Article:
Decorator Design Pattern in Kotlin

1. Definition

The Decorator Design Pattern is a structural design pattern that allows you to add new functionalities to existing objects dynamically without altering its structure. It involves a set of decorator classes that mirror the type of the objects they enhance, but add or override behavior.

2. Problem Statement

Consider a simple coffee shop application. You have different beverages like espresso, latte, etc. Now, you want to add condiments/add-ons like milk, sugar, chocolate, etc. The challenge is, how can you do this without creating a multitude of subclasses for each possible combination? Or without modifying existing code whenever you want to add a new condiment?

3. Solution

The Decorator Pattern offers a flexible solution. Instead of creating a new subclass for each combination, you create separate decorators for each condiment. These decorators wrap the original object (or another decorator) and add their own behavior (like cost and description).

4. Real-World Use Cases

1. Java's InputStream, which has decorators like BufferedInputStream, DataInputStream, etc.

2. GUI toolkits where you can dynamically add behaviors or responsibilities to individual UI components.

3. Middleware in web servers, adding functionalities like logging, caching, etc.

5. Implementation Steps

1. Define a common interface for the original objects and decorators.

2. Create concrete components.

3. Create decorator classes that wrap concrete components or other decorators.

6. Implementation in Kotlin

// Step 1: Common Interface
interface Beverage {
    fun cost(): Double
    fun description(): String

// Step 2: Concrete Components
class Espresso : Beverage {
    override fun cost() = 1.99
    override fun description() = "Espresso"

// Step 3: Decorators
class Milk(private val beverage: Beverage) : Beverage {
    override fun cost() = beverage.cost() + 0.30
    override fun description() = "${beverage.description()}, Milk"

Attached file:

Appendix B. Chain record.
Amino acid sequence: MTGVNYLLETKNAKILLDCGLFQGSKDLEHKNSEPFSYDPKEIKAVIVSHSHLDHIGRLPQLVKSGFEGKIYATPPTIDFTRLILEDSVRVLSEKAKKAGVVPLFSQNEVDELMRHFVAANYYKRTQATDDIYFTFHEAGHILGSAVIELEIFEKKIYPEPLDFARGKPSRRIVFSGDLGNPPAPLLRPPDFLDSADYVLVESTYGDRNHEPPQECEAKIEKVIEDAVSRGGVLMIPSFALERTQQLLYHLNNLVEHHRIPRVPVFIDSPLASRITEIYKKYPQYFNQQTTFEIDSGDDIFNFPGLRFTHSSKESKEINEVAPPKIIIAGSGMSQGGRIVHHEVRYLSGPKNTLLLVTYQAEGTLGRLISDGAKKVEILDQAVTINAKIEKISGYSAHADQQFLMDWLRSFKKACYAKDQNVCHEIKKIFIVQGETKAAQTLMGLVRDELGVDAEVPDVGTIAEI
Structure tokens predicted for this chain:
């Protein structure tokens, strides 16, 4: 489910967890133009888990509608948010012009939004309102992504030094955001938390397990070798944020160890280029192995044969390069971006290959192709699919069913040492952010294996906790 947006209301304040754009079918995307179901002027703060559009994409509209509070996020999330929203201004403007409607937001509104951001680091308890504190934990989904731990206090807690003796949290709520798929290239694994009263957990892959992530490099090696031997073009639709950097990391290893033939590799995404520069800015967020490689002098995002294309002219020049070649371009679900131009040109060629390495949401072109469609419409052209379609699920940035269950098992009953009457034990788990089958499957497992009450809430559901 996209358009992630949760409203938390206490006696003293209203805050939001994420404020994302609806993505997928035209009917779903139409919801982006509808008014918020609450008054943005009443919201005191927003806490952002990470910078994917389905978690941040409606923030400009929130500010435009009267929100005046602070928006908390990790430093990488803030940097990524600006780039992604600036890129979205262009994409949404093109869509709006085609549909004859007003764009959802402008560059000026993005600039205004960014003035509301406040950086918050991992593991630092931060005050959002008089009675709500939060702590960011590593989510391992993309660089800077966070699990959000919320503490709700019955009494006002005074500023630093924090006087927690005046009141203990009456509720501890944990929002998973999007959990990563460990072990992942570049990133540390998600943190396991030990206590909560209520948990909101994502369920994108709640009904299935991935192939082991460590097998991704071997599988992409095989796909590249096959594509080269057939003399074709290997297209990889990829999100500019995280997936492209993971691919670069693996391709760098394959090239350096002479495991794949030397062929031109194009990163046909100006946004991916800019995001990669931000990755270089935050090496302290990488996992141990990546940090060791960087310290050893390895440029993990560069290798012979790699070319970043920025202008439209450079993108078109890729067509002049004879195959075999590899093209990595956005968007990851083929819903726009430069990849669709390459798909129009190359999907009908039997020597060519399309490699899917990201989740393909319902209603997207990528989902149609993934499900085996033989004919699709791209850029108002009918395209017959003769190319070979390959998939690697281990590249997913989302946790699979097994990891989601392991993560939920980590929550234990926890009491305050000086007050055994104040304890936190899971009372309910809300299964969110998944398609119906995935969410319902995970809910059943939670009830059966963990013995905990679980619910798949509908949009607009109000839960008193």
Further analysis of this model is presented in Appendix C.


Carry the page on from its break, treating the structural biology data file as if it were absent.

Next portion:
class Sugar(private val beverage: Beverage) : Beverage {
    override fun cost() = beverage.cost() + 0.20
    override fun description() = "${beverage.description()}, Sugar"

fun main() {
    val espressoWithMilkAndSugar = Sugar(Milk(Espresso()))
    println("${espressoWithMilkAndSugar.description()} costs ${espressoWithMilkAndSugar.cost()}")


Espresso, Milk, Sugar costs 2.49


1. A common interface Beverage is defined, which provides methods for cost and description.

2. The concrete component Espresso implements this interface providing its cost and description.

3. Decorator classes Milk and Sugar also implement the Beverage interface. They take a Beverage object as a parameter, which can be a concrete beverage or another decorator. These decorators add or modify the behavior of the cost and description methods.

4. In the main function, we create an espresso beverage and decorate it with milk and sugar. We demonstrate how decorators can be layered dynamically to add multiple functionalities.

7. When to use?

Use the Decorator pattern when:

1. You want to add responsibilities to individual objects, not to an entire class.

2. You want to add responsibilities to objects dynamically and remove them as well.

3. Extending functionalities by subclassing is impractical.

By leveraging the Decorator pattern, you can ensure flexibility and adherence to the Open/Closed Principle: classes should be open for extension but closed for modification.